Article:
Comparison picture of two cans of coke
Packaging is interesting because of its influence on the consumer at the point of purchase. But as these experiments show, it continues to have an influence at the point of consumption. It not only gives you a reason to choose when you're purchasing, but it also influences your perception of the product experience. There are many objectives in a package. You can identify the product, you can present some kind of information, the package can be used to protect the product, it can be used to store the product, it can aid in consumption, it provides information on how to use the product appropriately. The package not only uses perceptual cues, the packaging uses a lot of color and is informative.
Packaging aesthetics and function are critical. The colors are used to help grab consumers' attention in a sea of competing messages. You want to choose variations of color and design to make an impactful package so the consumer buys the product over and over again.

 

  colorful Package Image
You have to know your distribution channels because you don't necessarily control the way the package is ultimately displayed. You might do some interesting things with your package and then the retailer doesn't necessarily abide by the way the package should be displayed. Let me go over some iconic packages and how they've changed customer perceptions and helped build market share.
Image of Absolut Vodka bottle
The Absolut Vodka bottle is famous for its shape. The entire print campaign was predicated on the shape of the bottle and was used for about ten years. A lot of times people have difficulty telling different vodkas apart. That's not to say they're not different. Some people have difficulty at times, especially after the tenth drink. The bottle was important. Brand loyalty was established by the brand name and the shape of the vodka bottle. The Absolut bottle was interesting because most spirit bottles have a longer neck designed to be handled when poured by bartenders. The Absolut bottle wasn't easy to use. Because it was so distinct, the shape of the bottle was important and the focus in advertisements. The ads went through different stages. Some of the ads just showed the bottle, some of the ads showed other things in that shape. In a famous Los Angeles ad, they feature a swimming pool in the shape of the Absolut bottle. They used celebrities and artists, they did a lot of creative things, but it was always around the shape of the bottle.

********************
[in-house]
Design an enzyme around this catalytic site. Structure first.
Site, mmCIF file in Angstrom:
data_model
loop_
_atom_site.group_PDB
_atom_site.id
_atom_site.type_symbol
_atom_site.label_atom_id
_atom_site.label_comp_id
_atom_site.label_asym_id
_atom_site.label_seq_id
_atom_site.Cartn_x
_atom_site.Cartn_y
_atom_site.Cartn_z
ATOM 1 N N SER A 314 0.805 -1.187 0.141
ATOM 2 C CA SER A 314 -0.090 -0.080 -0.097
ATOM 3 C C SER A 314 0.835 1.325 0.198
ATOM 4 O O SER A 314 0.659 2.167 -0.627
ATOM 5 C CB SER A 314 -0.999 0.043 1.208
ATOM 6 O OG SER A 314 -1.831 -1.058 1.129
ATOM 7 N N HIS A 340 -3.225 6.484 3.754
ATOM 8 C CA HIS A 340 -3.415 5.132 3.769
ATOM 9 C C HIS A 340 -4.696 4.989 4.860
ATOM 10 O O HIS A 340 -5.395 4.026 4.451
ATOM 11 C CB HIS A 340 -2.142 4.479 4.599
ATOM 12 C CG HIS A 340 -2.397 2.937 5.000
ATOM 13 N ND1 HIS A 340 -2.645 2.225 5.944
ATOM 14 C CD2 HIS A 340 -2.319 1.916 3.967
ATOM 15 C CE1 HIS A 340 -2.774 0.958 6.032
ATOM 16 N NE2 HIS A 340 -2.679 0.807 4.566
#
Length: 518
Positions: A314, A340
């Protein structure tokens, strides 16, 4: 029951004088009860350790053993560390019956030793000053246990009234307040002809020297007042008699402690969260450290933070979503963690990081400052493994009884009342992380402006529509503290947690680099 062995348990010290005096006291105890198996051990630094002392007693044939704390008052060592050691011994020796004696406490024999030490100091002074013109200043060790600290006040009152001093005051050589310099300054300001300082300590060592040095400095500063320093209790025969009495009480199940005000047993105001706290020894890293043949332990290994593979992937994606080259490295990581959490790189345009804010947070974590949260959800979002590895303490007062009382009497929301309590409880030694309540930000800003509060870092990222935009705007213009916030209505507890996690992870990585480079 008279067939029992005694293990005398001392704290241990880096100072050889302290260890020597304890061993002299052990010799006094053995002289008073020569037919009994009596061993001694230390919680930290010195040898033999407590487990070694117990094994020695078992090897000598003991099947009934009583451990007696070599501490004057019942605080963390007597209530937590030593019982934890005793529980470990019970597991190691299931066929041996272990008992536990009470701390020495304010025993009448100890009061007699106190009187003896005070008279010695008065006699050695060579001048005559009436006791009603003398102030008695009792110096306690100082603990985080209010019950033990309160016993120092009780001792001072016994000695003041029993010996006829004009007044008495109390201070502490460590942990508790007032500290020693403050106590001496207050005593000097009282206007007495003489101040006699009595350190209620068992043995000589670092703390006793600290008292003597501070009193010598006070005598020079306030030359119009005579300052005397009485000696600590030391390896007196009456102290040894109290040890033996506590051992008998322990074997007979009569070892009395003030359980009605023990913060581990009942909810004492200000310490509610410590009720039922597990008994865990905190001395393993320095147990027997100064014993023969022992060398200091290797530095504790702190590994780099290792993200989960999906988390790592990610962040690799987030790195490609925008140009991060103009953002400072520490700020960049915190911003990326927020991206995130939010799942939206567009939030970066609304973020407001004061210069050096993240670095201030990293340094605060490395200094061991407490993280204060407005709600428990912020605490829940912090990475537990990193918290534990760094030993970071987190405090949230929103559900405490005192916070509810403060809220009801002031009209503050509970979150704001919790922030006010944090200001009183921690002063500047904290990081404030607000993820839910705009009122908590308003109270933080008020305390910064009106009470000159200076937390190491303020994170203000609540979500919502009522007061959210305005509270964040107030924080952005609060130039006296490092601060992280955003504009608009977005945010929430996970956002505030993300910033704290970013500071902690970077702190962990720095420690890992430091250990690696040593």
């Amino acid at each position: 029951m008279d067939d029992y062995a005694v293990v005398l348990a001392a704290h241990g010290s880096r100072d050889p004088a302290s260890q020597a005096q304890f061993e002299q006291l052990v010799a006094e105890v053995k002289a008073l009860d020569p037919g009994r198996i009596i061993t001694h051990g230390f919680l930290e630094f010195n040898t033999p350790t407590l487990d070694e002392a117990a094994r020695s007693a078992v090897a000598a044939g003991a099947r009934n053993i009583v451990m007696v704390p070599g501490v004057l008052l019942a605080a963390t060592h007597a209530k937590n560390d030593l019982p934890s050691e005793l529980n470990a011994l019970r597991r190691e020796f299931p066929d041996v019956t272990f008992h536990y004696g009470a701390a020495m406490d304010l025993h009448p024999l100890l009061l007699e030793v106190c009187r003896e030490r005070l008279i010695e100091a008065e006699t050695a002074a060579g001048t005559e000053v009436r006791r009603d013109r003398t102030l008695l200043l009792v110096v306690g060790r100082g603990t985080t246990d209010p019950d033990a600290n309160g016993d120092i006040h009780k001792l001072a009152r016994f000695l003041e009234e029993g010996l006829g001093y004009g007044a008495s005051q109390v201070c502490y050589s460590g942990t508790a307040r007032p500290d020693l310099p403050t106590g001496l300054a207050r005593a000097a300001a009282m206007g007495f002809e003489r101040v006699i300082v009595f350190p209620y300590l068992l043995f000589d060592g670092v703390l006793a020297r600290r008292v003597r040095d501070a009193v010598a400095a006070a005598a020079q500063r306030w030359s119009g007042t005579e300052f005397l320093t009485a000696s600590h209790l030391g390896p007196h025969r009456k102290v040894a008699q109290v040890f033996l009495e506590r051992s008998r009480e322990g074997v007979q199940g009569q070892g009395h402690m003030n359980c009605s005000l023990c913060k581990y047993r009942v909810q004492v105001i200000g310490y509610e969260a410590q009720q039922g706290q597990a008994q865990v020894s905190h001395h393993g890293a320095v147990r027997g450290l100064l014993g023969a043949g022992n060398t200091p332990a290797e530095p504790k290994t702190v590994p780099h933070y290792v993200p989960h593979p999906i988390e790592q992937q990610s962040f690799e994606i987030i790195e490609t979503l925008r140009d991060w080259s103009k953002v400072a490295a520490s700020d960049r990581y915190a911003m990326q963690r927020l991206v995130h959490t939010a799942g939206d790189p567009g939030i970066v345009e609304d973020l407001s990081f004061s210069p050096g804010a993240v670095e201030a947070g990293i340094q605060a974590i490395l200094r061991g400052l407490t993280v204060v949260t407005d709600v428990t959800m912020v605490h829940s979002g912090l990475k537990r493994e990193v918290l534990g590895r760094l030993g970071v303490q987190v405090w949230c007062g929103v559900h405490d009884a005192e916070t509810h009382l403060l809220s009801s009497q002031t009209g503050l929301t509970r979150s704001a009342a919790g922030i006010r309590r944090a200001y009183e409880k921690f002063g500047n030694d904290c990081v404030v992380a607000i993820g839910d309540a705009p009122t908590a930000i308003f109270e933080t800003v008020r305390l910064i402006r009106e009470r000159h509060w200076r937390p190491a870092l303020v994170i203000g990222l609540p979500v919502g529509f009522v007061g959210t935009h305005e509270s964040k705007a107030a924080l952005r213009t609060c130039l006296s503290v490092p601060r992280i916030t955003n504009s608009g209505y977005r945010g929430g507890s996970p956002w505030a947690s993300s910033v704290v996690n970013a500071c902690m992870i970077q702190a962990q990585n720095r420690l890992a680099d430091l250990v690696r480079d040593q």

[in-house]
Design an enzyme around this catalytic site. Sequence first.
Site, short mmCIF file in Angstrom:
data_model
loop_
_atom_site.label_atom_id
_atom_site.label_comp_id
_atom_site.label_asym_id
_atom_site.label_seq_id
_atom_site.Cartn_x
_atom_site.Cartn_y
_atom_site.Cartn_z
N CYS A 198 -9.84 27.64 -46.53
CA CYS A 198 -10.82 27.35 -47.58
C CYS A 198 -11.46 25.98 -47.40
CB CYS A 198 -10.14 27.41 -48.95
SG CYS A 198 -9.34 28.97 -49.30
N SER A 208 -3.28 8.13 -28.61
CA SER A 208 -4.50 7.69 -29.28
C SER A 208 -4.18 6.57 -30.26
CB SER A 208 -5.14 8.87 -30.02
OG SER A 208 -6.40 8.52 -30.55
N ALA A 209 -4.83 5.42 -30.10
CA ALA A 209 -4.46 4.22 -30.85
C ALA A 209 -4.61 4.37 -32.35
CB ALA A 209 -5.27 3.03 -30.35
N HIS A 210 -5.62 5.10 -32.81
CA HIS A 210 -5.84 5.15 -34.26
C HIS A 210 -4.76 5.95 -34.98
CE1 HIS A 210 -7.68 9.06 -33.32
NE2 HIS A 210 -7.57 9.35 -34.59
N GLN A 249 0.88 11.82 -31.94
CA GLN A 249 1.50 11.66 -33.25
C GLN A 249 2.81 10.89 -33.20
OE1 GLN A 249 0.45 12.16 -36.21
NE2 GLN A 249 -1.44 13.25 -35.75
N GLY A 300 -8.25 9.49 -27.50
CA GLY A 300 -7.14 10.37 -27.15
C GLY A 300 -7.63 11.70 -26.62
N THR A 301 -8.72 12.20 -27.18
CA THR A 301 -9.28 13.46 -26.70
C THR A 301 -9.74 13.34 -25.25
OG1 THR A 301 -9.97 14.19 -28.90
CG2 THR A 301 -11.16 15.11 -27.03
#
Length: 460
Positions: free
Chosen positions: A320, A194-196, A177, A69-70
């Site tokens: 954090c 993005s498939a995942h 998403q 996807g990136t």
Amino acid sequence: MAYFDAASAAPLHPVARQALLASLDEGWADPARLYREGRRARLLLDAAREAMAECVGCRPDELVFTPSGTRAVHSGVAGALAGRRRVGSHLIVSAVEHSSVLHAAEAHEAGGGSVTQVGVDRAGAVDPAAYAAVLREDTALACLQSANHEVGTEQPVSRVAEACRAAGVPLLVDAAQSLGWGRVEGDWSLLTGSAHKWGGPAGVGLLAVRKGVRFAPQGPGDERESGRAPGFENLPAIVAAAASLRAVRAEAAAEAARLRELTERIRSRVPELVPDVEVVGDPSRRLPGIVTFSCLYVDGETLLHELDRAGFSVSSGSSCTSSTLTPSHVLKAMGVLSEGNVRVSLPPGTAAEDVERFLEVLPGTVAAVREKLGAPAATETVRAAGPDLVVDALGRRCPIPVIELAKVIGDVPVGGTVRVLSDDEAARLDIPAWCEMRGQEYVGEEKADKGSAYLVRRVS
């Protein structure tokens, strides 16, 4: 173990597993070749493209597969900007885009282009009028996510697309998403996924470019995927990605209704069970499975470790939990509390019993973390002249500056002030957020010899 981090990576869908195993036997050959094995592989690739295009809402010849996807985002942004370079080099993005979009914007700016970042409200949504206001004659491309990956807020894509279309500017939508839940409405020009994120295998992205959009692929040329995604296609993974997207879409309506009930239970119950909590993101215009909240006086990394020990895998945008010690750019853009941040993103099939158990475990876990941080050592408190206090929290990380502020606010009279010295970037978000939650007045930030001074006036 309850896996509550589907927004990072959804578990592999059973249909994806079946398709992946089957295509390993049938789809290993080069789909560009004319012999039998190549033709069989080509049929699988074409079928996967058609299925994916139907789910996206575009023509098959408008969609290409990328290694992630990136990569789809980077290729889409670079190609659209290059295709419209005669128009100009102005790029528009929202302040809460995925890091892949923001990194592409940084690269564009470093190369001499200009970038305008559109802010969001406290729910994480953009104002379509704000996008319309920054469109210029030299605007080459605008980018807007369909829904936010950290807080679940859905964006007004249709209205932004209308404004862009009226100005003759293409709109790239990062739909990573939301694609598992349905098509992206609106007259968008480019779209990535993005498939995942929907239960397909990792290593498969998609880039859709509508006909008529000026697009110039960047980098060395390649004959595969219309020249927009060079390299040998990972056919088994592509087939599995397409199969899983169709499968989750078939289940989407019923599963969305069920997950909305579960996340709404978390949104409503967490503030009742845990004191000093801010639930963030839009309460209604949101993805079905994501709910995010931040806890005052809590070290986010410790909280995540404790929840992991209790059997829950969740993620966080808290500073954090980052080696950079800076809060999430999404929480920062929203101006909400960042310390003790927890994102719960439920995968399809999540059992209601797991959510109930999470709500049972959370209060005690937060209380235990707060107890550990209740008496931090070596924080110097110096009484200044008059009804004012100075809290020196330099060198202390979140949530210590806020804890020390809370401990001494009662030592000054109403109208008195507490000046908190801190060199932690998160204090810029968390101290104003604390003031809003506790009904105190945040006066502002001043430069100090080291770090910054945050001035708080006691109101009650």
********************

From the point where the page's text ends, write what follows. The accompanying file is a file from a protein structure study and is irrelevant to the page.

Another iconic shaped bottle is Coca-Cola. Coca-Cola is a very strong brand. Part of that brand imagery comes not only in their logo, their red color, their famous polar bear ads and other types of ads but also in the shape of their six and a half ounce bottle. Their six and a half ounce bottle was their first product. Consumers could tell it was Coca-Cola from all the other soft drinks out there by its distinctive shape. When Coca-Cola came out with their plastic bottle, they lost the unique shape. That was a decided disadvantage. But they managed to figure out how to recreate their iconic glass shape in plastic. Coca-Cola sent out empty plastic bottles of Coca-Cola in their iconic shape to influencers because they were so happy that they had managed to reproduce this in this new material. They understood how important that was.